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Malawi’s broom – sending together

By Kate Azumah

A lone broom strand can do little, but bound together with other strands, it becomes an effective and unbreakable broom.

Not so many years ago there were no Malawian missionaries, but all that began to change in 2010. Today, 147 churches and denominations are part of the newly formed Malawi Missions Initiative. Nine missionaries have been sent to countries like Thailand, Mozambique and Malawi, with five more heading out soon!  By banding together, they are sending better together.

In 2010, mission agency SIM held a series of conferences for church leaders, who were each presented with a set of books to help develop their ministries. By the third conference in 2012, missions had become the strong focus, and participants came together to form a national task team, the forerunner of what would become the Malawi Missions Initiative (MMI).

The MMI officially launched in 2014, with the Evangelical Association of Malawi and SIM in attendance. Rev. Paul Mawaya, SIM mobilizer and now head of the MMI, says, “Once the Church is properly taught about missions, and passionate leaders are on board, there is no problem in raising missionary support.” Flowing from this vision is financial support for sending missionaries.

Sending Models

A few sending models are used across the nation. One missionary is completely supported by his local church.  Another missionary has several congregations from one denomination who have banded together to send and support him; he has been in the field for four years.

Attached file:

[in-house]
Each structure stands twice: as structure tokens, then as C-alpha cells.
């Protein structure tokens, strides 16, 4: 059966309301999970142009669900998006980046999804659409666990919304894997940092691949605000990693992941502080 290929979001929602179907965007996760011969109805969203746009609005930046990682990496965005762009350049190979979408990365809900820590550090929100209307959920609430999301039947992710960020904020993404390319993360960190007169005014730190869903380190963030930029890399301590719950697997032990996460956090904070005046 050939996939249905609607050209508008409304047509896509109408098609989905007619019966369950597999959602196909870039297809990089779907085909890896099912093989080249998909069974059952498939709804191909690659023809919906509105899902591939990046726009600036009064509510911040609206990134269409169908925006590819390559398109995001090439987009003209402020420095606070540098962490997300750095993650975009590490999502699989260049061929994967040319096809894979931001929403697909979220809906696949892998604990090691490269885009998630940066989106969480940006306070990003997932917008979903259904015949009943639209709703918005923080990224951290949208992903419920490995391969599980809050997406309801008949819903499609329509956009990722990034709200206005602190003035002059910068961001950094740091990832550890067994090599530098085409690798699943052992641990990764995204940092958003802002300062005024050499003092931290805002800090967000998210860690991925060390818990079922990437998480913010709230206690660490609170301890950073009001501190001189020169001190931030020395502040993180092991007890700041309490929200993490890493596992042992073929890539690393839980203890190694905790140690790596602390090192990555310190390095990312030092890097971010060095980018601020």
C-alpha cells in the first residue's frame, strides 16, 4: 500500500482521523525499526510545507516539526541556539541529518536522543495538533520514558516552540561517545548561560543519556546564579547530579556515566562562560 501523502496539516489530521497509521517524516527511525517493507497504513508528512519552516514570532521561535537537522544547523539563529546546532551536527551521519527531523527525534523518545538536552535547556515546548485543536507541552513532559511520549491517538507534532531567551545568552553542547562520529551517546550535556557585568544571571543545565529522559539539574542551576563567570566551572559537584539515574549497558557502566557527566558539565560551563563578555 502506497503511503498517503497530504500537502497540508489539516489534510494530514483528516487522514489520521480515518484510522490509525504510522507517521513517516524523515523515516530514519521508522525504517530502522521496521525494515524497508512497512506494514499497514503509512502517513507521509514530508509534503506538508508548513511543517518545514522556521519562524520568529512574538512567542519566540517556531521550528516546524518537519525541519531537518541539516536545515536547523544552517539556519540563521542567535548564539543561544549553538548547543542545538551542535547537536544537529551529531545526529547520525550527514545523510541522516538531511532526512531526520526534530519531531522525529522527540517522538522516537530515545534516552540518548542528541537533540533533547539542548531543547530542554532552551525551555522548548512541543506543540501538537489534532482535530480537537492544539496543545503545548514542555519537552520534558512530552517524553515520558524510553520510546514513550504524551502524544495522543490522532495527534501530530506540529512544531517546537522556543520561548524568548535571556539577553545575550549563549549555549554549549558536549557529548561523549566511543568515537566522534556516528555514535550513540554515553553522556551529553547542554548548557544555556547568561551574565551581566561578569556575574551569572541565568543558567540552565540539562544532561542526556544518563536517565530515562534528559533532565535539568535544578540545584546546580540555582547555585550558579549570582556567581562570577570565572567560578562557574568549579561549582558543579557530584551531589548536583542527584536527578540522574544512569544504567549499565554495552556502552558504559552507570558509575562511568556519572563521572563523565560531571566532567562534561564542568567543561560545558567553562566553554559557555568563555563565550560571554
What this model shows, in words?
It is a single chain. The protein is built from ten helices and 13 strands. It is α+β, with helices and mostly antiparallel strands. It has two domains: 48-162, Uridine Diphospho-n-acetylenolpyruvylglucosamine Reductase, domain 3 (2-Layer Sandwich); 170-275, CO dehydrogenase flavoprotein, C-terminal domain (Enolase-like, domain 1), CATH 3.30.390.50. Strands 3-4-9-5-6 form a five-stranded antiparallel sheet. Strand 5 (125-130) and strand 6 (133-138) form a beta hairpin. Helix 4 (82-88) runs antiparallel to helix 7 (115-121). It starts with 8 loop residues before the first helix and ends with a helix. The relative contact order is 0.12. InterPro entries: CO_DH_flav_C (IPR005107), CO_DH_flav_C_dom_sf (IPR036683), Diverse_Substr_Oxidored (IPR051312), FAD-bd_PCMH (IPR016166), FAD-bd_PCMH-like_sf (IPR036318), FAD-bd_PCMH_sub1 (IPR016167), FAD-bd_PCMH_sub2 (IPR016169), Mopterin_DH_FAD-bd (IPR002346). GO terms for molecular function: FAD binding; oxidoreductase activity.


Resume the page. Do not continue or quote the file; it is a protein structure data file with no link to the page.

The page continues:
Other missionaries are supported by individuals. This can be challenging due to the number of people one must interact with to raise the necessary support and the time needed to keep each informed of the work. Missionaries in this situation can be seen as outside the local church structure, presenting another complication to overcome.

Missionaries who are tentmakers can also be sent. A church blesses and prayerfully supports a missionary, but he earns his salary in a foreign place through a business or employment, while doing ministry.

Better understanding produces passion to participate.

Stories like that of Rev. Gusty Makhutcha are incredibly encouraging.  He felt called to go but his church did not have a history of supporting missionaries. However, once he declared his intention, a church member gave a huge portion of his retirement savings at great sacrifice. Now Pastor Makhutcha and his wife Ellina are frontier missionaries in Mozambique.  Last December, when Gusty and his wife were in Malawi, their church put together for them a packet of maize meal, sugar, cooking oil and some money for Christmas celebrations. Another member gave a gift of money. It is deeply touching to be remembered this way.

 Powerful networks

Twelve prayer fellowships formed in 2014 in cities across the country still meet monthly to pray for the unreached. Their goals have expanded to engage mission-minded leaders and Christians in cross-cultural missions and to facilitate those who want to go.

The MMI works within the Evangelical Association of Malawi, which provides a natural network of regional committees from which to reach out to churches. Paul Mawaya says, “Leaders wield a lot of influence, so missions sensitization is directed at them.” The MMI uses various strategies to engage leaders right down to secondary school students. Churches often invite them to give missions motivations, and short missions courses have proved useful. These include Interface, the Great Commission Seminar from the Global Missions Initiative, and Understanding World Evangelism, which was developed in Malawi by Rev. Reuben Kachala.

Within churches, Rev. Mawaya has found that when the members understand the Great Commission and everyone sees their role, the vision for reaching the lost becomes a church-wide priority.  Rev. Mawaya advises: “The top member to the bottom member should own the mission and be exposed adequately to issues of missions. I believe that better understanding produces a passion to participate.”

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